Where are the seals?  Dr. Randall Davis uses a radio receiver to try to locate our five camera-wearing Weddell seals.
Each instrument pack has a radio tag that can be heard as a “beep” on the receiver when we are within one mile.


With the last of the five seals instrumented, now comes the hardest part of the expedition - the waiting.  
It is the seals’ turn to collect data for us about their underwater behavior, hunting tactics, and environment.  They are free to swim and dive wherever they want, which leads us on a rugged chase across miles and miles of sea ice.  Our job is to find Hairy, Prof. McGonaSeal, Ron WeSealey, Neville and Hagrid the Seal before they swim out to sea – if that happens then all of the data will be lost as the cameras eventually fall off and sink to the bottom of the ocean.



The entire team becomes very nervous as we shuffle our boots on the ice and say goodbye to the fifth and final seal.  Before she leaves on her underwater journey, Prof. Minerva McGonaSeal returns to the ice hole next to our camp and takes a picture of our anxious team.

Then, like all of the other seals, she submerges
in the icy water and is gone.



The research team left in Prof. McGonaSeal’s wake includes scientists, students, and animal specialists.  Two women and five men have withstood some of Nature’s harshest treatments during the late Antarctic winter to try to understand how Weddells survive in such an extreme environment.  The Winfly members include:


In addition to the Winfly group, two other team members, Dr. Lee Fuiman (Co-Investigator) and Eddie Farrell from University of Texas, fly in during October to slots help with the data analysis.  There are no girl jobs or boy jobs on the expedition.  Instead, each member brings a unique skill to help determine the biology and environmental demands of the Weddell seal.



Each day the team uses both high tech and low tech methods to look for the five roaming seals. The instrument package includes a small tag that beams information about all of the Weddell seals' whereabouts to a satellite and to our computers.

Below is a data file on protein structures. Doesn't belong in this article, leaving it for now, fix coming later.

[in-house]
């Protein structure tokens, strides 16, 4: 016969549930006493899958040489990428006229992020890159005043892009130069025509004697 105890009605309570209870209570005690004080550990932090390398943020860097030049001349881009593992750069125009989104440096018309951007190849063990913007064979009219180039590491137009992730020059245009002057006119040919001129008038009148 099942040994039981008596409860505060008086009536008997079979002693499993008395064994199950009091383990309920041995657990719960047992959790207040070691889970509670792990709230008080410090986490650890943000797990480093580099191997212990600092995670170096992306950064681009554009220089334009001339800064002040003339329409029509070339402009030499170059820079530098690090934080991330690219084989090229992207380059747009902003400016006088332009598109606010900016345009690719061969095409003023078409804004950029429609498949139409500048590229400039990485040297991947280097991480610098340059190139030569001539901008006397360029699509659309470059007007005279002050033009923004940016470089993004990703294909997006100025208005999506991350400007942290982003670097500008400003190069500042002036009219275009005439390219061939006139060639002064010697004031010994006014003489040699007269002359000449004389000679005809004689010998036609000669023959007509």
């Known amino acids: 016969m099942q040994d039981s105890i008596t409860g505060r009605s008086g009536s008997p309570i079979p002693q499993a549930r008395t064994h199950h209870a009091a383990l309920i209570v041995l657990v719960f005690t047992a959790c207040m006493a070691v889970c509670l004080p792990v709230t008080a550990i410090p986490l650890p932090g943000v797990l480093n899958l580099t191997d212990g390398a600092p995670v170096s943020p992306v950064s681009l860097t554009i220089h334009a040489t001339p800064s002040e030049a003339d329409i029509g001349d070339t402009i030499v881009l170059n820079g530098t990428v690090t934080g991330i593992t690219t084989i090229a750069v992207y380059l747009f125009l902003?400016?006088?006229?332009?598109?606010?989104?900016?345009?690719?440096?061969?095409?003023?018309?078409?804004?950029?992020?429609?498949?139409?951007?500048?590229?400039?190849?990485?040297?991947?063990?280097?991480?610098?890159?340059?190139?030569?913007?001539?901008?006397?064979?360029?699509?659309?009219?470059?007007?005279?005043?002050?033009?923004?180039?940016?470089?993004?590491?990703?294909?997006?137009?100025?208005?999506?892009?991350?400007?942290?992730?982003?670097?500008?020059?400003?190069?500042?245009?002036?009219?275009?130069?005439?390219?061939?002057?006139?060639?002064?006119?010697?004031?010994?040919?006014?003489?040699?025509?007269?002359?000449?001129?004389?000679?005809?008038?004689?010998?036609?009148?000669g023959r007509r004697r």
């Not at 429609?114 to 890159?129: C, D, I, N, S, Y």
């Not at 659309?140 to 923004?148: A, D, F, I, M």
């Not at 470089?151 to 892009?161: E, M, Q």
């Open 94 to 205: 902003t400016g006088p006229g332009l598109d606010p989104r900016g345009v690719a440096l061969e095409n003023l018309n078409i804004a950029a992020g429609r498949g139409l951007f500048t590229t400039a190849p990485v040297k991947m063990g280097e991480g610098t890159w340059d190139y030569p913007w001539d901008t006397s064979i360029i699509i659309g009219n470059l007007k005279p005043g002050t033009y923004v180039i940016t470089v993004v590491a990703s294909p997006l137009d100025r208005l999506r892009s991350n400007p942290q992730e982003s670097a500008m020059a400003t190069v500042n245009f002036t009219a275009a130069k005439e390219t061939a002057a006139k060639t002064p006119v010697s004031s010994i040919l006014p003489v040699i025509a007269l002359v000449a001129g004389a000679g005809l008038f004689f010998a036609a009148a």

Sometimes it is too hard to just sit and wait at the computers, so we also travel on snowmobiles across the wind-scoured ice checking for cracks and breathing holes where the seals might come up to breathe.  It is a back breaking, cold ride that we can only do when temperatures are above -60°F (- 51°C).



As the days pass, the winds come up and the temperatures plummet once again.  The weather sends us heading back to camp.  At the same time Hairy and the rest of the seals retreat to the comfort of the warmer waters below the ice.  They are nowhere to be seen; the computers are all silent.  The radio tags never “beep”.

Hairy, Ron, Neville, Minerva and Hagrid, and all of our instrumentation, are now officially missing.   There is nothing we can do but worry – we have to ask ourselves, will our expedition be a failure?



With spring come the big winds that blow snow across the sea ice.  Huge plumes of snow crushed into fine grains of ice roll across the landscape, obscuring our vision.  It is too dangerous to venture outdoors.  Everything from the ground to the sky is completely white.  Once again Nature has forced us to wait anxiously in camp for the return of Hairy and the other seals.  Days turn into weeks and there is a real fear that they have all swum off with our instruments.



Following each of the storms we find new Antarctic visitors have been blown into our area.  Our first encounter is with a pair of snarly, twin female crabeater seals.  Much lighter in color than Weddell seals and with longer front flippers and snouts, the crabeaters are easy to differentiate from Weddell seals.  There is another important difference – crabeaters are, to put it simply, rather cranky.  In fact their name is fitting - the two crabbies are downright crabby in temperament.  They snarl, spit and hiss like angry cats if any of our team members approach.  The crabbies have been forced to travel great distances over the ice to find breathing holes made by Weddell seals.  Without the special ice reaming teeth, crabeater seals can not return to the water to eat until the Weddell seals make a hole.  Maybe that is why they are so crabby.

Other visitors wander in on two feet.  Emperor penguins shuffle along the ice, waddling until they find a hole to dive into.  Once in the water they are transformed into graceful swimmers, rocketing under the ice leaving a long trail of bubbles behind them.  They disappear quickly into the depths and we never see them again.

Much smaller cousins to the Emperors are Adelie penguins.  They also sport black and white tuxedo feathering but are much less noble in attitude.  If Emperor penguins are the royalty of seabirds, then Adelies are the court jesters.  Instead of walking or gracefully swimming, Adelie penguins RUN.  They run towards us as they cross the ice and then keep on running, shoving by each other as if trying to beat their fellow runner to the finish line of an Antarctic race. 

With such short legs even the smallest of cracks in the ice can be a challenge for these running birds.  See how one Adelie solves the problem of speeding by his friends:


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.......Notes from a remote Polar field site
.......by Terrie M. Williams, PhD

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